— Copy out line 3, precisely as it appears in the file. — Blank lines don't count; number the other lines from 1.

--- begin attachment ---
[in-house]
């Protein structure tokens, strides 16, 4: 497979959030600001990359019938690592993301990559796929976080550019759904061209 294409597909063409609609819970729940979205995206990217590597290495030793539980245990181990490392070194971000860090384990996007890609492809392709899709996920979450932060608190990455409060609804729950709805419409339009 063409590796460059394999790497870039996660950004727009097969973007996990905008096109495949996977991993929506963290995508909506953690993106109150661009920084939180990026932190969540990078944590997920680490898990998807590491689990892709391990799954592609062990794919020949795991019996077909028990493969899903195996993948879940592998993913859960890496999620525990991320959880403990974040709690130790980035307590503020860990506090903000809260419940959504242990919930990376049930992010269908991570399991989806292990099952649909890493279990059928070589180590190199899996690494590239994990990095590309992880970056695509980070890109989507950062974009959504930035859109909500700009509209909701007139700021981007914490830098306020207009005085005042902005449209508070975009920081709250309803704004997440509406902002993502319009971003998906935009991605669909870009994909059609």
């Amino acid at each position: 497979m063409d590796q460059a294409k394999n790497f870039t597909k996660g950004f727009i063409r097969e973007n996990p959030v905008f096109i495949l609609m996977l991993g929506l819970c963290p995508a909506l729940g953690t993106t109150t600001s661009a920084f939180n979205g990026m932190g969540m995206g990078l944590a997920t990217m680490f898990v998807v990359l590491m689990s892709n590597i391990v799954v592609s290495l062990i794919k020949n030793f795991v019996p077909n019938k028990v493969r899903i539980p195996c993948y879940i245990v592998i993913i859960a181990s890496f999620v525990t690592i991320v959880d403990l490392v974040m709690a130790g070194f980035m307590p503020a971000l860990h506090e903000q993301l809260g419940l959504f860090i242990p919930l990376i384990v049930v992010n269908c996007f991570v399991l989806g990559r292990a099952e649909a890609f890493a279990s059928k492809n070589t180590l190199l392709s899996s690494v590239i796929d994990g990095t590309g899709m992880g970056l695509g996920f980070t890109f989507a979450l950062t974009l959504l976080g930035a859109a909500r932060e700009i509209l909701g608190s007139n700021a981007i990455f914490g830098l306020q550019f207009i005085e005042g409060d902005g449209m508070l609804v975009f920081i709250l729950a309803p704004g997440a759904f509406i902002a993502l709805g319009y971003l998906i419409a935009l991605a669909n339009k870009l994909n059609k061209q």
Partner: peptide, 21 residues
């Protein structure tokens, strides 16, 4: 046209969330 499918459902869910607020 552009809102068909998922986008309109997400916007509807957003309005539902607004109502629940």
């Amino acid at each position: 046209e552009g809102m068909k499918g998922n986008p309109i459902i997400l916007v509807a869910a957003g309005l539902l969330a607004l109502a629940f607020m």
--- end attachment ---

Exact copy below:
């Amino acid at each position: 497979m063409d590796q460059a294409k394999n790497f870039t597909k996660g950004f727009i063409r097969e973007n996990p959030v905008f096109i495949l609609m996977l991993g929506l819970c963290p995508a909506l729940g953690t993106t109150t600001s661009a920084f939180n979205g990026m932190g969540m995206g990078l944590a997920t990217m680490f898990v998807v990359l590491m689990s892709n590597i391990v799954v592609s290495l062990i794919k020949n030793f795991v019996p077909n019938k028990v493969r899903i539980p195996c993948y879940i245990v592998i993913i859960a181990s890496f999620v525990t690592i991320v959880d403990l490392v974040m709690a130790g070194f980035m307590p503020a971000l860990h506090e903000q993301l809260g419940l959504f860090i242990p919930l990376i384990v049930v992010n269908c996007f991570v399991l989806g990559r292990a099952e649909a890609f890493a279990s059928k492809n070589t180590l190199l392709s899996s690494v590239i796929d994990g990095t590309g899709m992880g970056l695509g996920f980070t890109f989507a979450l950062t974009l959504l976080g930035a859109a909500r932060e700009i509209l909701g608190s007139n700021a981007i990455f914490g830098l306020q550019f207009i005085e005042g409060d902005g449209m508070l609804v975009f920081i709250l729950a309803p704004g997440a759904f509406i902002a993502l709805g319009y971003l998906i419409a935009l991605a669909n339009k870009l994909n059609k061209q």